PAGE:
There was a fair amount of chatter last week about the fact that the S&P 500 has been stuck around the 2,100 level for much of 2015. In fact, outside of two days earlier this year and the period following the August sell-off, the S&P 500 been stuck within a 5% range above and below 2,100 all year. As a result of the narrow range, the S&P 500 has crossed the 2,100 level to either the upside or downside on a closing basis 36 times this year.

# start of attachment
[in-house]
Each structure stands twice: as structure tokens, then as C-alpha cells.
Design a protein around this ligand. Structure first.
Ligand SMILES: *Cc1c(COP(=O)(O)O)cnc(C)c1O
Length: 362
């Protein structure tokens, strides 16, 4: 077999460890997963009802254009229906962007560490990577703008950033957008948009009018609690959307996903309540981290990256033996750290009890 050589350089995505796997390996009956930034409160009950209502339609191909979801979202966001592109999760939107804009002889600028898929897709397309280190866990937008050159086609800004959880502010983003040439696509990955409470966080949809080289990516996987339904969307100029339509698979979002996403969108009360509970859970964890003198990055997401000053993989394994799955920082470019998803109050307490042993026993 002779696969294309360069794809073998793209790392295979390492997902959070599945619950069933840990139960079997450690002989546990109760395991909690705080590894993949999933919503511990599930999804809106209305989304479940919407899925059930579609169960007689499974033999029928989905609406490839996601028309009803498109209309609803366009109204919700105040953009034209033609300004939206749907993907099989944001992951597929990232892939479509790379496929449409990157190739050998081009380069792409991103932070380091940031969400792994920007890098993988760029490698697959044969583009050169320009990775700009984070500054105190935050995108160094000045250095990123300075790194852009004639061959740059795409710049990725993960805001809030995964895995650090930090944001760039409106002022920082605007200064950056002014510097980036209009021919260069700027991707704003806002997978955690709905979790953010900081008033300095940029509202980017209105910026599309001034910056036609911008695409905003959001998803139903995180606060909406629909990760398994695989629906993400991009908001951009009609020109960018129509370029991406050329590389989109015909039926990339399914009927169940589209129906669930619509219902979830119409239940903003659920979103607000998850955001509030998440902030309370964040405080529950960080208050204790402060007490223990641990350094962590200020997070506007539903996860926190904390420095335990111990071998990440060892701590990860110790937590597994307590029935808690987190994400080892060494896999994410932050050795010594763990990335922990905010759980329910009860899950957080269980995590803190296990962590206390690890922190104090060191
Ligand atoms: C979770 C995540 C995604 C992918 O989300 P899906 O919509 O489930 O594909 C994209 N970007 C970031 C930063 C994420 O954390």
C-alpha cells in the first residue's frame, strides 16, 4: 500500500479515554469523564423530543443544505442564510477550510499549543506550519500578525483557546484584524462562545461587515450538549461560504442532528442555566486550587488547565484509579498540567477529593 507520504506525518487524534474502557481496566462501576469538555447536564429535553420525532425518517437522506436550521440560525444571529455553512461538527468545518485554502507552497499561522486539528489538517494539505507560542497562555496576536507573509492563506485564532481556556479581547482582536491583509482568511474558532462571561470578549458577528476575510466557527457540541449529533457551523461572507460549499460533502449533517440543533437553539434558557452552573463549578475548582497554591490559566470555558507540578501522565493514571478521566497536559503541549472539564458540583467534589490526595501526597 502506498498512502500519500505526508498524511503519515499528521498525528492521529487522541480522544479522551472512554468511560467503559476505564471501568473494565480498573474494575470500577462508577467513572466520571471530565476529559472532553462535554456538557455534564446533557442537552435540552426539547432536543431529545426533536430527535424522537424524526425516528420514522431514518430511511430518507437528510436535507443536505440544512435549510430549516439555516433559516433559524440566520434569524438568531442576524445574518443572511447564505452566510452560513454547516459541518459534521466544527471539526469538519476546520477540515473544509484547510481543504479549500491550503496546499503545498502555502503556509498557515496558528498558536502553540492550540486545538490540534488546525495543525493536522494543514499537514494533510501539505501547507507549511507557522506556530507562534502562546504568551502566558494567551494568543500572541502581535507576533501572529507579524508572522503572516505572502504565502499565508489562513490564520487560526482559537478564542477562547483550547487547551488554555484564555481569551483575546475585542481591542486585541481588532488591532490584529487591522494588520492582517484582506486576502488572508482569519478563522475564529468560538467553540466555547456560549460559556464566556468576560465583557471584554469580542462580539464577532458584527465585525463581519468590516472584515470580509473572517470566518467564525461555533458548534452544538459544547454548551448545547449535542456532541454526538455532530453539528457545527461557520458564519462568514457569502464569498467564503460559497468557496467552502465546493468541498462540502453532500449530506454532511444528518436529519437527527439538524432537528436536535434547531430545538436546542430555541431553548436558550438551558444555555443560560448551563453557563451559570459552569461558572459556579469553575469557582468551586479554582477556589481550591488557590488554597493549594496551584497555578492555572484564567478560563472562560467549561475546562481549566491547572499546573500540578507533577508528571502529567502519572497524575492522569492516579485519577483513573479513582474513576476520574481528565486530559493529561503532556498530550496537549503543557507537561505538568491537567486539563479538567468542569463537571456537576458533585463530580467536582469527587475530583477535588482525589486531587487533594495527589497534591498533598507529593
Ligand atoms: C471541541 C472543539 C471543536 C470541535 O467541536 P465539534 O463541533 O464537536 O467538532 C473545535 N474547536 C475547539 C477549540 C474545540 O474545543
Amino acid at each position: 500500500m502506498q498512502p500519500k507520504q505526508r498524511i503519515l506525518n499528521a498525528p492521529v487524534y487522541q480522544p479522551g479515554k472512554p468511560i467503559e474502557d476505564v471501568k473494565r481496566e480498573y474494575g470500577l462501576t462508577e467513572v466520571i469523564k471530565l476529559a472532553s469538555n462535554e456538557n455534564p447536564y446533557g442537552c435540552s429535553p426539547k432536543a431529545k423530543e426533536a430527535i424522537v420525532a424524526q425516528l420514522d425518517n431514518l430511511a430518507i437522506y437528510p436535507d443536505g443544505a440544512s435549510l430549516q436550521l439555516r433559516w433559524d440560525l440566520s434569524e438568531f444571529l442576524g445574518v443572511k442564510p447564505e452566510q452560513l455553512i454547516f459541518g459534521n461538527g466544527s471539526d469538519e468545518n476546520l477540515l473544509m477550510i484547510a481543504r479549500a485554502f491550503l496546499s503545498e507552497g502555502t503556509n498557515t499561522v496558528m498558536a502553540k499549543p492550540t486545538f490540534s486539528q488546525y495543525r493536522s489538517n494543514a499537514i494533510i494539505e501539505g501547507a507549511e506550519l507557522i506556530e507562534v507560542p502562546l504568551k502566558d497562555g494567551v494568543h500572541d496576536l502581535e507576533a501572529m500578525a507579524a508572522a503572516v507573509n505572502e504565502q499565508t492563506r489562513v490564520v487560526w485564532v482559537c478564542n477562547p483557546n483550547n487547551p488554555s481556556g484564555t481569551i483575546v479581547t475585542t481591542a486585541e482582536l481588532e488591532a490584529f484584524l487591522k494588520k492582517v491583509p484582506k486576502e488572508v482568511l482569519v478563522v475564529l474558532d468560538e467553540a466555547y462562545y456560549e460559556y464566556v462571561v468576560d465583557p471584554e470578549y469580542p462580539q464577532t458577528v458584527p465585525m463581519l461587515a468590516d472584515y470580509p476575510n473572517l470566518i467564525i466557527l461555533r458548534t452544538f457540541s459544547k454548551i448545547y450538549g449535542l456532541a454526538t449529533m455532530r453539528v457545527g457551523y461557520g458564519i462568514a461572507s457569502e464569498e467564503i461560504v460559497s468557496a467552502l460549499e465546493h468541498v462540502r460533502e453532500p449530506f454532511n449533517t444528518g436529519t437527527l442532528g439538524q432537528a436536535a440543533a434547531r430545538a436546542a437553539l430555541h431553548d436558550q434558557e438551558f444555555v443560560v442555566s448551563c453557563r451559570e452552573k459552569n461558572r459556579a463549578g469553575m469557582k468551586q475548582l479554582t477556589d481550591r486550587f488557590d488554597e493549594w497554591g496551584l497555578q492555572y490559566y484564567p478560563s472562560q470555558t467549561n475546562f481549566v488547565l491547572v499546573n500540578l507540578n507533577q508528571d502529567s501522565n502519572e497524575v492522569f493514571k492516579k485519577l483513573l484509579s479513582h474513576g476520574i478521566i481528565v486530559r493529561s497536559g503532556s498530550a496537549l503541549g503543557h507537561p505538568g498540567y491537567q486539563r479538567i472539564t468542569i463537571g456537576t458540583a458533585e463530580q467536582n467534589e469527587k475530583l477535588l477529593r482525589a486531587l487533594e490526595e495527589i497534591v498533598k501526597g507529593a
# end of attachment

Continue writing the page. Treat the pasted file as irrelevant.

The table below lists the number of times the S&P 500 crossed various 100 point thresholds (to the upside or downside) from 100 up to 2100. The level that has seen the most crosses on a historical basis is 1,300 which has been crossed 75 times. After 1,300, the next most frequent levels crossed are 1,100 (71), 1,400 (65), and 1,200 (59). Of all the 100-point milestones, 2,100 currently ranks as 5th out of 12. That may not sound like much, but when you consider the fact that 2,100 was first crossed less than a year ago, that’s a lot of crosses! All the other levels that have been crossed more often than 2,100 did so over a period of ten years, whereas 2,100 has had less than a year to work with. Hopefully for anyone long equities, though, 2,100 sees its number of crosses end at 37.